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Modernism remains deeply connected to ideas of innovation, and this has created problems for successive generations of writers. For example, how does one create an original work when the 'new' has already been established, marketed and institutionalised? Rod Rosenquist's study focuses on the writers and poets who emerged after Modernism's high-water mark year of 1922, in which Ulysses, The Waste Land and the early Cantos were published. Seeking to refine our own understanding of the high modernists through the frequent difficulties encountered by the generation that succeeded them, this study discusses issues of cultural value, the relationship of history to innovation, and the market for new works in an era already dominated by the likes of Joyce, Eliot and Pound. Containing illuminating examinations of Wyndham Lewis, Laura Riding and Henry Miller, this study will be invaluable reading for those interested in Modernism and its complicated legacy.Read more
- Engages with the latest theoretical discussions of late Modernism
- Provides new readings of the work of several important authors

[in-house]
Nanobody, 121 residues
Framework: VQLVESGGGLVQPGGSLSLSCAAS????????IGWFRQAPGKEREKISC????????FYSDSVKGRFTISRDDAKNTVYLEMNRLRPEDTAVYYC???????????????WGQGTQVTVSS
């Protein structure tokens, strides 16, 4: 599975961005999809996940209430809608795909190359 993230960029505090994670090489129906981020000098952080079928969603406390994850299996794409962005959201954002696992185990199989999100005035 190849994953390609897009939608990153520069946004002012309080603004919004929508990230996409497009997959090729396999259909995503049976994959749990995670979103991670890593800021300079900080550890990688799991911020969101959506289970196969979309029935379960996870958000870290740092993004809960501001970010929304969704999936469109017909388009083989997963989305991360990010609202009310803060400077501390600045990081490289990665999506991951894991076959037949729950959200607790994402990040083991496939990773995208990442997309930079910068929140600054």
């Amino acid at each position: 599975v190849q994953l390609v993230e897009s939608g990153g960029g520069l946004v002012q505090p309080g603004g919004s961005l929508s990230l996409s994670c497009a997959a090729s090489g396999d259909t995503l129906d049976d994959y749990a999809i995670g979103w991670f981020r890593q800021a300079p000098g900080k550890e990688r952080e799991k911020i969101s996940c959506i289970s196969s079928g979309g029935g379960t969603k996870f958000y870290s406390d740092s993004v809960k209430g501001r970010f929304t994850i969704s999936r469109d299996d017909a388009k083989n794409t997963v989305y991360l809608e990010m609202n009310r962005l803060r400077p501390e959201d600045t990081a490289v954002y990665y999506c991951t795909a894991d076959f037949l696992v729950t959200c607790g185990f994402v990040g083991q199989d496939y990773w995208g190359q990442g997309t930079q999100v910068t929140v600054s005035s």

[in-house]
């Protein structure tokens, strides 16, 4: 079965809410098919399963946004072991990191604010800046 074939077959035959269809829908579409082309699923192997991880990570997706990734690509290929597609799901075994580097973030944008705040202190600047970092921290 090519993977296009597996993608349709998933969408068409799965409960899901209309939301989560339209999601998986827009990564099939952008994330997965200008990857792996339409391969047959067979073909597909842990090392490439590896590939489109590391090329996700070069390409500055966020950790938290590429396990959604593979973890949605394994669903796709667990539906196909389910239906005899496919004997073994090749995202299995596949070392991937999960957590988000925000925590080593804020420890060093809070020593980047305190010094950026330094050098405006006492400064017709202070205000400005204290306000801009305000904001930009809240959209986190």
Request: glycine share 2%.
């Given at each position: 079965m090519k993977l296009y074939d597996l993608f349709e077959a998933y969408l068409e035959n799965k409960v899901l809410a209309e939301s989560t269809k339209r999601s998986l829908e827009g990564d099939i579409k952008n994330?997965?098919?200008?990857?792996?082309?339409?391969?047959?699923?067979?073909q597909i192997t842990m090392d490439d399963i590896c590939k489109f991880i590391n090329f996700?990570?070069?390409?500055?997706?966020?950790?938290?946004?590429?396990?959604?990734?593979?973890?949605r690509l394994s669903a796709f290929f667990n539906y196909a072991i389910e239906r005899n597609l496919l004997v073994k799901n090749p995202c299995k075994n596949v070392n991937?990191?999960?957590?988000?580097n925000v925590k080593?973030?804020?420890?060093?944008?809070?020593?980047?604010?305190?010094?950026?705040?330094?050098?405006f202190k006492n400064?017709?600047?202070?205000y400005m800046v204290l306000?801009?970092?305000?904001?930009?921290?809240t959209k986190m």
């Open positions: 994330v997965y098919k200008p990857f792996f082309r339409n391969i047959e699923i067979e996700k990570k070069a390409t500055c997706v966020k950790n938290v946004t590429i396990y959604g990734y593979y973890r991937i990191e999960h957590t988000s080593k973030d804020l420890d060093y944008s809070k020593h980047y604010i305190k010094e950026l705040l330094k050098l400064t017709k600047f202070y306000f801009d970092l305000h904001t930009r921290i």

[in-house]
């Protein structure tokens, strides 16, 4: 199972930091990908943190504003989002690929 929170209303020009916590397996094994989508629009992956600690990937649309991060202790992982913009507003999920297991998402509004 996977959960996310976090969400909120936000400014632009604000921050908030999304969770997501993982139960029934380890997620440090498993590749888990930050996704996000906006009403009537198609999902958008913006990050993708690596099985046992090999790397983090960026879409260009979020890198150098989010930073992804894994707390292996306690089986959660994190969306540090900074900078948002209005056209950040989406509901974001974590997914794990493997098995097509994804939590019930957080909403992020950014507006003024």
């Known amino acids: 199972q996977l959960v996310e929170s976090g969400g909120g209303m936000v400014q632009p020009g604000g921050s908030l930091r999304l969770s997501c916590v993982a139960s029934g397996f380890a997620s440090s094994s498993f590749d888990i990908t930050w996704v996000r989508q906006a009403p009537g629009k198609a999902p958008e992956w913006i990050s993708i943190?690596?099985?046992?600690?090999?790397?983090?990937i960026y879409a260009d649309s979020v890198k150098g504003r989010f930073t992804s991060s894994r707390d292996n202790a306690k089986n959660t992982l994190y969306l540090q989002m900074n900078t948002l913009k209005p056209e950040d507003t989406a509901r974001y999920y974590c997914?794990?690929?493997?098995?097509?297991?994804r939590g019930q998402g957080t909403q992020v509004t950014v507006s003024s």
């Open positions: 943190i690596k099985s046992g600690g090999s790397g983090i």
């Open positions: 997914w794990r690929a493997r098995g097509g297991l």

- Offers a clear overview of modernist literary history
Reviews & endorsements
"[A] tightly argued book, which is clear, cogent, and refreshingly free of jargon and cant...Rosenquist is a 'belated' literary historian, seeking a patch of ground that has not been repeatedly tilled by others. This critical approach...is worthy of study...Recommended." -G. Grieve-Carlson, Choice July 2009
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- Date Published: August 2012
- format: Paperback
- isbn: 9781107406964
- length: 222 pages
- dimensions: 229 x 152 x 12 mm
- weight: 0.3kg
- availability: Available
Table of Contents
Introduction: the modernist latecomer and 'permanent novelty'
1. 'Changing the changing': Wyndham Lewis and the New Modernist ascendancy
2. Laura Riding, modernist fashion and the individual talent
3. The immolation of the artist: Henry Miller and the 'hot-house geniuses'
4. Investing in the modernist legacy: Objectivist adventures in the 'Pound tradition'
5. The last word: or how to bring modernism to an end
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